How? The answer lies in this book and it tells us he is a Psychopath, but one who can resist the urge to just start killing for the sake of killing.

It then proceeds to help us see that this ruthlessness, hardened, cold heartedness has led to his achievements in life.
It encourages us to recognise that the phrase Psychopath has us straight away thinking of serial killers when in fact Doctors, Lawyers and Bankers plus many more may also be labeled with the same title.

Not sure I agreed with everything it stated but it is a very insightful book and can indeed encourage us to be more decisive and courageous when the need may arise.

Definitely worth a look at, as it is a different approach to some of the self help books you see around.
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5 of 5 people found the following review helpful
2.0 out of 5 stars too much gung-ho bs 14 Jun 2014
Format:Kindle Edition|Verified Purchase
When factual quite interesting but the constant machismo gets dreary very quickly i.e. 'Andy tore open the mars bar' couldn't just open it and is him even eating a Mars bar noteworthy. It felt like the school nerd was worshipping his new 'best mate'
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2 of 2 people found the following review helpful
4.0 out of 5 stars Taking chances well 31 July 2014
By Dr. Nicholas P. G. Davies TOP 1000 REVIEWER VINE VOICE
Format:Kindle Edition
I enjoyed this book. I'm glad Andy McNab is on our side and not against us. I hope there's still enough like him in our army and intelligence services.

I think he describes well how he sees the world and assesses decisions very quickly. Kevin Dutton explains the brain science and psychology behind this later.

It seems to come down to an ability to seize an opportunity when it exists, without fear of the consequences for others left behind. In other words the psychopath just does something (often with purpose and planning) without much conscience, agonising or consideration. He or she just sees that "the opportunity is there" and "if I don't take it someone else will." and "it's what has to be done." The psychopath seems to have little or no room for self doubt. This can make for good decisions, but it can also be dangerous in some. It's a more rigorously intellectual approach to decision making, but pros weigh more than cons, opportunities more than threats. In some scenarios getting our feelings out of the way is very useful, in others getting our thoughts and feelings to work together is a saner approach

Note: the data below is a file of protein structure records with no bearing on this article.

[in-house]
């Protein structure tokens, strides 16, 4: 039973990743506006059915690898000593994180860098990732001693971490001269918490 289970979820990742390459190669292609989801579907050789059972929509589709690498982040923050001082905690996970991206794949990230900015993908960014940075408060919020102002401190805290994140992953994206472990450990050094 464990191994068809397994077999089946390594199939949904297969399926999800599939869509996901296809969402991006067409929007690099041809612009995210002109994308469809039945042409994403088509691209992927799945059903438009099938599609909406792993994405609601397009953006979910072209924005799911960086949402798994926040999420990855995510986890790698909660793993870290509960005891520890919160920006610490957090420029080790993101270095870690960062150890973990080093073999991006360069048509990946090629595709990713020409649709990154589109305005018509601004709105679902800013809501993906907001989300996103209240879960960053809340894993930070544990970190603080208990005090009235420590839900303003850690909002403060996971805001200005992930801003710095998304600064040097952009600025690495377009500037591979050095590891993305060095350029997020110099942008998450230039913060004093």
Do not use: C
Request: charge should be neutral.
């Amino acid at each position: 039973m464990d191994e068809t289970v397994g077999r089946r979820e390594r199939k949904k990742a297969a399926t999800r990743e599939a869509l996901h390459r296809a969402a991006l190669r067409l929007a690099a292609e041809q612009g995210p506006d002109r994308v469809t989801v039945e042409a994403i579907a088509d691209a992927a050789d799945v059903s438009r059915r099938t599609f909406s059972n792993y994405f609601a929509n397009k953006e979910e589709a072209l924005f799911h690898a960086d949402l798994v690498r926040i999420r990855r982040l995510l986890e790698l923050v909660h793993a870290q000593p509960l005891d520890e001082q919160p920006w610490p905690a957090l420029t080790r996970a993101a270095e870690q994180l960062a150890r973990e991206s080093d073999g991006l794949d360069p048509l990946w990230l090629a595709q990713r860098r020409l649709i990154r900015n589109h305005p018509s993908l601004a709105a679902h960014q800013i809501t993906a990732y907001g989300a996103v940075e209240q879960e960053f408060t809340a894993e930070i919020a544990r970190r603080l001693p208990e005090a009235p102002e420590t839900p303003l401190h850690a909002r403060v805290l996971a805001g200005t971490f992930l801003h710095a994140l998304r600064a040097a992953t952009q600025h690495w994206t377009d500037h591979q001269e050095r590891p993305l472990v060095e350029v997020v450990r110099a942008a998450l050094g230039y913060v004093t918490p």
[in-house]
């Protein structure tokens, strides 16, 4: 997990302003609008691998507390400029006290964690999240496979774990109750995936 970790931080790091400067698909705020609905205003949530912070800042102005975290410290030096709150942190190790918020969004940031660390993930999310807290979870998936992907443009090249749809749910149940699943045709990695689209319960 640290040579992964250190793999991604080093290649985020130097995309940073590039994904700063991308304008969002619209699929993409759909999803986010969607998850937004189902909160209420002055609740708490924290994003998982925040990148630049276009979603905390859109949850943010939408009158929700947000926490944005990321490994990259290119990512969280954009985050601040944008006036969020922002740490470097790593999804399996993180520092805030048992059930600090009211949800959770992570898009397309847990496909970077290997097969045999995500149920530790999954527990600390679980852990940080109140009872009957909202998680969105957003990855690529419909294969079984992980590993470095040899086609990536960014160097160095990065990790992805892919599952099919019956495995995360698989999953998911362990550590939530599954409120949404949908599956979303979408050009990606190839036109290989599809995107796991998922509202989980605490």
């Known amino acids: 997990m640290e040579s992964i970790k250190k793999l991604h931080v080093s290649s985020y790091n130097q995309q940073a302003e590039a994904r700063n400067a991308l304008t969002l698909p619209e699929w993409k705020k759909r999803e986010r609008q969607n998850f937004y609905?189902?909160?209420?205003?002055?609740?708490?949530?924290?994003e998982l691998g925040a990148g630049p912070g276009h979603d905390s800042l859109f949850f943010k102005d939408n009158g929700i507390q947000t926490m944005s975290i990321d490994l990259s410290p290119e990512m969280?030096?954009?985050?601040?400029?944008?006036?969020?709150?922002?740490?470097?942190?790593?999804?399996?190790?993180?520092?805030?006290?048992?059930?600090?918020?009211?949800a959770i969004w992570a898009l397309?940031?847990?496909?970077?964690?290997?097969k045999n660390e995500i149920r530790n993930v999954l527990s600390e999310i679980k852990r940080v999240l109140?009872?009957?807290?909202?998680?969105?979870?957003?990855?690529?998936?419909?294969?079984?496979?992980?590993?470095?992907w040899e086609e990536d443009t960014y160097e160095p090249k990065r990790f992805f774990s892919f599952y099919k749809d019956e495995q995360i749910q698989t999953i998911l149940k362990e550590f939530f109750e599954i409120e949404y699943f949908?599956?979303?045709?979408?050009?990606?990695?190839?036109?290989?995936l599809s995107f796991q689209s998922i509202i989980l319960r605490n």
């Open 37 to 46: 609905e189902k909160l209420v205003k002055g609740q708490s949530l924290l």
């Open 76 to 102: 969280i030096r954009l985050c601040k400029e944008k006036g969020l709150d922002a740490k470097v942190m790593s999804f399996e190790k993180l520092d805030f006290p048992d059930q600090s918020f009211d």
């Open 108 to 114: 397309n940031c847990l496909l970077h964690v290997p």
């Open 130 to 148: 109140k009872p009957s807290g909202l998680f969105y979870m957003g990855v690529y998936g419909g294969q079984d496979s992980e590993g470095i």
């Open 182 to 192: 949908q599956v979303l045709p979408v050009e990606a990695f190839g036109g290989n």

There's an interesting, and rather different, approach to life described in this book, particularly around making decisions and taking actions. It may not be everyone's way of working, but you can learn a lot from this approach.
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Most Recent Customer Reviews
5.0 out of 5 stars Can't put it down ...
Bought for friend for birthday, who has disclosed herself previously as being a psychopath - a good one! She loved it! Read more
Published 1 hour ago by Shortie
3.0 out of 5 stars a BIT of an odd BOOK
Psychopathy seems to be a popular subject recently, and I've read a few books on the subject, including Hare's original work, so I thought this might be an interesting addition to... Read more
Published 8 days ago by Mike N
5.0 out of 5 stars Really thought provoking
Excellent read very enlightening
Published 9 days ago by mike swinson
5.0 out of 5 stars Five Stars
Thank you
Published 10 days ago by Lana Germanova
4.0 out of 5 stars Four Stars
Not the usual McNab but it works
Published 14 days ago by Amazing 1
4.0 out of 5 stars useful book
Bought as a kindle book its probably best as a real book due to the layout, having said the content is interesting and well argued and presented
Published 19 days ago by Mistermike
2.0 out of 5 stars A bit pointless.
Irritatingly written, and I'm not sure I see the point. Most of us aren't psychopaths because we don't need to be and probably don't want to be either. Read more
Published 23 days ago by Earwicker
3.0 out of 5 stars Story time...
Too anecdotal, and the information is hidden in rambling accounts where the narrator glorifies Andy McNab to the point where it becomes sycophantic! Read more
Published 26 days ago by David Dickinson
2.0 out of 5 stars James Bond Lives!
Like many people I was hoping for an entertaining read with some useful life tips.
What I got was a macho- boy guide to being successful, nasty ,but charming ,liberally... Read more
Published 29 days ago by Jayne S.
5.0 out of 5 stars Great read
It took a little to get into this book with the way it was written in a 'he said, she said' format, but once I was used to it, it's a good read and very entertaining and useful. Read more
Published 1 month ago by Drew